Star spiker hopes years of dedication can yield more glory for Team China at next year's Tokyo Olympics
Zhang Changning stood behind the baseline, spinning a ball in her right hand before unleashing a rocket-like serve－a trademark technique over 15 years in the making.
"I always think about the direction and target point of my serve while spinning the ball," Zhang explained during a recent interview with Xinhua in Nanjing.
The 25-year-old has displayed a similar methodical approach to her career, setting one goal after another to level up step by step.
Zhang was born into a volleyball-playing family in 1995. Her father and elder brother were both national team players, affording her access to the elite level of the game at a young age.
In 2014, she was offered a trial with the women's national team by legendary head coach Lang Ping. Her excitement at the development, however, soon gave way to the humbling realization that there was a "huge gap" between her and the senior players.
"At that time, I learned what my weaknesses were and then clearly set a new goal, which was to keep on going and stand firm," she said.
Zhang initially failed to nail down a place in the squad, but after impressing with China's B team at the Asian Games in South Korea, earned her first official call-up to the senior ranks. "This was the start of my dream," she said.
In 2015, Hui Ruoqi retired due to illness, and Zhang was promoted to a leading role in the team. That same year, she helped China win the World Cup after a 12-year wait, and became the first under-20 spiker to win a world championship.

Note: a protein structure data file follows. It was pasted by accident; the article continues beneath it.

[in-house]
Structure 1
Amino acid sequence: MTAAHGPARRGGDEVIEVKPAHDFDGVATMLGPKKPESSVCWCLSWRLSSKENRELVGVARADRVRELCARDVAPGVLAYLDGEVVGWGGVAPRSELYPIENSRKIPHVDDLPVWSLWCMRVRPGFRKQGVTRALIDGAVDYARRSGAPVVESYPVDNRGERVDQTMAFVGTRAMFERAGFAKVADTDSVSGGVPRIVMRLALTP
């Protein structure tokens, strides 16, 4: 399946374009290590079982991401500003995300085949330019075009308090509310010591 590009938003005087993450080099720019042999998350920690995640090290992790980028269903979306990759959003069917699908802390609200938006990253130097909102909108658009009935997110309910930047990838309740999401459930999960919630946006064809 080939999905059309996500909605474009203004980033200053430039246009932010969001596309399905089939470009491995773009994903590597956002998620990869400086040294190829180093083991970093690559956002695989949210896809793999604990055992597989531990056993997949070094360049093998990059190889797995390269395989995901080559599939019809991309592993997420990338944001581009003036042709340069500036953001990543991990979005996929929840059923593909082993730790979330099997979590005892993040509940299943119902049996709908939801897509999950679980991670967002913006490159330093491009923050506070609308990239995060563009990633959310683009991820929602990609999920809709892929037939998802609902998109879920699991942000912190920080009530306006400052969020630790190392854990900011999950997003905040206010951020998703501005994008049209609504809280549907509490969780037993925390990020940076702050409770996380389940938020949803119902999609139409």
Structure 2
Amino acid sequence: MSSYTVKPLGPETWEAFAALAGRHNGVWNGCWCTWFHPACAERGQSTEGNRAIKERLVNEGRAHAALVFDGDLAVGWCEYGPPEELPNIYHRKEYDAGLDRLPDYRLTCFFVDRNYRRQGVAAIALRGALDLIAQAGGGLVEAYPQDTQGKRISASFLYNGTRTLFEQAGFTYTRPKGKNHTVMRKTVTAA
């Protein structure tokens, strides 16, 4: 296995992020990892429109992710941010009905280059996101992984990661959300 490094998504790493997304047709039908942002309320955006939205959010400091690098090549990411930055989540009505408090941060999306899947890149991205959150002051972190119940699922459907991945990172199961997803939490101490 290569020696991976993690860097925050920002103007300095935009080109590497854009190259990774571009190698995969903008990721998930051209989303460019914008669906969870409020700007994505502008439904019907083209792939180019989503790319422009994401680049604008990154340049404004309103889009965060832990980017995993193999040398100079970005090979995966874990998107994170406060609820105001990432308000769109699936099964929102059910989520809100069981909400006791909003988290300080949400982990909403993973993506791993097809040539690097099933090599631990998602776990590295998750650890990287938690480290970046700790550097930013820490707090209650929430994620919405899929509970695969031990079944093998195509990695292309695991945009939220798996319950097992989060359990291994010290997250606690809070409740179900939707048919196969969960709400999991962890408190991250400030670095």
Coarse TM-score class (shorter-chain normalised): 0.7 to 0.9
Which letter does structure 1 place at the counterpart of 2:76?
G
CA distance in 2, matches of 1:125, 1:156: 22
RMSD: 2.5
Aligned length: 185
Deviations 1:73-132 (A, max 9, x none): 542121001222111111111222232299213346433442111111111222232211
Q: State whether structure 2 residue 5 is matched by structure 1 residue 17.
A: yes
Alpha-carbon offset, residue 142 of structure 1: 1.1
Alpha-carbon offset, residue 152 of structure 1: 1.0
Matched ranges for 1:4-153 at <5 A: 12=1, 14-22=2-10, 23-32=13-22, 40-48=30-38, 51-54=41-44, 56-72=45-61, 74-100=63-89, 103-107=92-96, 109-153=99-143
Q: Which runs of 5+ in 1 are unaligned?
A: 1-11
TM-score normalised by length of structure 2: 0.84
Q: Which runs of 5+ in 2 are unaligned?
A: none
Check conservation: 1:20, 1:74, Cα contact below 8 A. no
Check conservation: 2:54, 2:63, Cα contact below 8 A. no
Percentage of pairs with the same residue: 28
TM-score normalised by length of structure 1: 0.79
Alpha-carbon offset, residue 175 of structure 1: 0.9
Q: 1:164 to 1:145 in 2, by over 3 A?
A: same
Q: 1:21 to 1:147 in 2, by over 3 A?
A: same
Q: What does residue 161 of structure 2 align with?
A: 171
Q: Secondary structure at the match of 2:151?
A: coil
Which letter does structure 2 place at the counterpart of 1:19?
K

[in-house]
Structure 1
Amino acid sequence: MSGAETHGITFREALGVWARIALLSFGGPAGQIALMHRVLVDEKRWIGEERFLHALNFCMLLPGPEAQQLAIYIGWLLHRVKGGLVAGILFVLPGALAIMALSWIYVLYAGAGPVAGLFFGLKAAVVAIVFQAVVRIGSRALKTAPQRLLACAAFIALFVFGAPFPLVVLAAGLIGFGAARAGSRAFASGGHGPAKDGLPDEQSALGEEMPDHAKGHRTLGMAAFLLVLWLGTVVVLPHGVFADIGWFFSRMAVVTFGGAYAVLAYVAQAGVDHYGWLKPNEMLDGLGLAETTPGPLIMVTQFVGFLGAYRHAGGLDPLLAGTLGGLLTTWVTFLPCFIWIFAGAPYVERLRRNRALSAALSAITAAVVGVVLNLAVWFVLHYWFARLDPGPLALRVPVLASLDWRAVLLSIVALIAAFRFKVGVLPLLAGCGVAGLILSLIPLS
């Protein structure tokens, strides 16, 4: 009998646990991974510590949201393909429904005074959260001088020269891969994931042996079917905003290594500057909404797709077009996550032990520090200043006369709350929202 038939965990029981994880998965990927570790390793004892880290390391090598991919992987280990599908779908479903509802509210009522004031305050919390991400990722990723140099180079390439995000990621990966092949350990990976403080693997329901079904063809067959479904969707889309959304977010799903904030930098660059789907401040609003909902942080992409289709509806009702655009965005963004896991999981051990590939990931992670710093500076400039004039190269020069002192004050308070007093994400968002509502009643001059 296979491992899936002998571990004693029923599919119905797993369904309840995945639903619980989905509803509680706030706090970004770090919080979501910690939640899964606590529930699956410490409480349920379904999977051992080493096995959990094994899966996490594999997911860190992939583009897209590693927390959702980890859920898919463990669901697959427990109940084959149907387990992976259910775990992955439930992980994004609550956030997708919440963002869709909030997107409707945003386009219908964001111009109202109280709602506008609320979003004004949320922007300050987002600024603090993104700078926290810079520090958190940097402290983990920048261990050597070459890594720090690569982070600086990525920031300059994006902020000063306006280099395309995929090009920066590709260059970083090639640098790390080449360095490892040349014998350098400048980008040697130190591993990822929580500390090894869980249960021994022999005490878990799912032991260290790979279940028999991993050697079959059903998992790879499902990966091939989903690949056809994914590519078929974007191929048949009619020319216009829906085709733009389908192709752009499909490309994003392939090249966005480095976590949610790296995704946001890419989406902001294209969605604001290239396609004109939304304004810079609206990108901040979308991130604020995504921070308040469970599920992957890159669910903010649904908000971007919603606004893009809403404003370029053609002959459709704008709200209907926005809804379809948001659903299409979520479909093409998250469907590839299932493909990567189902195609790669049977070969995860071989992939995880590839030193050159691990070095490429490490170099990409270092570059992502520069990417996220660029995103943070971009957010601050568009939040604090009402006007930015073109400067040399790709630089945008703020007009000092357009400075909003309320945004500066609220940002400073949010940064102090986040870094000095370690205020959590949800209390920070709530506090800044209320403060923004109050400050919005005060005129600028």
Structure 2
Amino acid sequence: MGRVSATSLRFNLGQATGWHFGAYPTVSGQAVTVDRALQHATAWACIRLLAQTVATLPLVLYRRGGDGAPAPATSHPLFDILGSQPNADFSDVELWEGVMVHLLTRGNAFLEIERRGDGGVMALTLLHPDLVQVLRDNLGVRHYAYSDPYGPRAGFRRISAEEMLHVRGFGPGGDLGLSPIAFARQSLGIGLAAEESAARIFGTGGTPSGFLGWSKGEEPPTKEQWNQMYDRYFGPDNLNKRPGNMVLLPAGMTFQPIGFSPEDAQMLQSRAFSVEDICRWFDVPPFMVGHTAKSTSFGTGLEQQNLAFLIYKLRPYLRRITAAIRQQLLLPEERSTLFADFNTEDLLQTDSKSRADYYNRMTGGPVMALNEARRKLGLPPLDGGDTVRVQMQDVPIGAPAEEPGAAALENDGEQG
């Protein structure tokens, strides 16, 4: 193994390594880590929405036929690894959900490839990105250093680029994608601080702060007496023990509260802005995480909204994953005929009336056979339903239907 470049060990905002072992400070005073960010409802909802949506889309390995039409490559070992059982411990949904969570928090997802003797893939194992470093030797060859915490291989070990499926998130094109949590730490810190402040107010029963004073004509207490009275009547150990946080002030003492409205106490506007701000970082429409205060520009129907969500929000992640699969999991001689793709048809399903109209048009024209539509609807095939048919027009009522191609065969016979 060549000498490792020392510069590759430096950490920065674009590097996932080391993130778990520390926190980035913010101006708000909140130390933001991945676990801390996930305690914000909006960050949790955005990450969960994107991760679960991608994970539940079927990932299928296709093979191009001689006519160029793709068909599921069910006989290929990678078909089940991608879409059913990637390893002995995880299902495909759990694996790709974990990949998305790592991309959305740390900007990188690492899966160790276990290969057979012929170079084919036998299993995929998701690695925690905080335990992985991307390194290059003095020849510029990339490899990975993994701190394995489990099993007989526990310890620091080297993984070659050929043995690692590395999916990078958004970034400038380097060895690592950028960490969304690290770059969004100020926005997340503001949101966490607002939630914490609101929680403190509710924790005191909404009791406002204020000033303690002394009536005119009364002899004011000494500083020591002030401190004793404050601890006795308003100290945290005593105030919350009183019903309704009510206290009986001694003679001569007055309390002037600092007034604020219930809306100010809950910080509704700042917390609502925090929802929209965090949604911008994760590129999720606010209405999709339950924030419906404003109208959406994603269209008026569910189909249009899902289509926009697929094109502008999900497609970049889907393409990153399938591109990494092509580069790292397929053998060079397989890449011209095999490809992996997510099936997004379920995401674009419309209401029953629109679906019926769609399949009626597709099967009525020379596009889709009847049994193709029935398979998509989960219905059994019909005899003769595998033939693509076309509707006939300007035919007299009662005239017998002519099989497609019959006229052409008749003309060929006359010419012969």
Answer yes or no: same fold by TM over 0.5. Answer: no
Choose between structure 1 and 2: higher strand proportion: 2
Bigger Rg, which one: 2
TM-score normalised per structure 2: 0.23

More glory followed with gold at the 2016 Rio Olympic Games, which Zhang credits as one of the most formative experiences of her career to date.
"In fact, everyone played badly in that final game, but I think it was a valuable experience that taught us how to cope in adversity and play to our strengths, to which nothing can compare," she said.
Zhang also tasted the bitterness of losing in volleyball's "big three "events, namely the World Cup, world championship and Olympic Games. Although the Chinese team ended up finishing third at the 2018 world championship, Zhang was disappointed in her performances throughout the tournament.
"The 2018 worlds were a serious blow for me, but it made me face up to myself and understand what I really needed to improve," she said.
National team boss Lang continues to be Zhang's guiding light on that road to betterment.
"Coach Lang is very meticulous, she stands right beside us in training and draws on all her experience to teach us how to serve better," Zhang said of the 1984 Olympic champion.
"Being around such a good spiker, you feel like there is a solid wall behind you and get a great sense of security."
Now Team China is preparing for next summer's postponed Tokyo Olympics.
Zhang said that although the squad may not be the strongest, she believes they are "the toughest".
With international competitions canceled due to the pandemic, the new season of the Chinese Women's Volleyball Super League has, therefore, become an important tuneup competition for Tokyo.
The league started earlier this month behind closed doors in Jiangmen, Guangdong province, and Zhang, who plays for Jiangsu, is relishing the opportunity to return to competitive action.
"Everyone cherishes being on court, because many problems can only be found and solved in matches. We hope to do our best and get a good result," she said.
In 2018, Zhang was elected as a deputy to the 13th National People's Congress, China's national legislature. This year, she submitted a proposal on strengthening college sports, figuring, as an elite performer, it is her responsibility to give back to her sport.
"I may be on top of the so-called pyramid, but a lot of athletes at the bottom are often neglected. They face plenty of difficulties," she said. "I need to raise public awareness and help them with their efforts."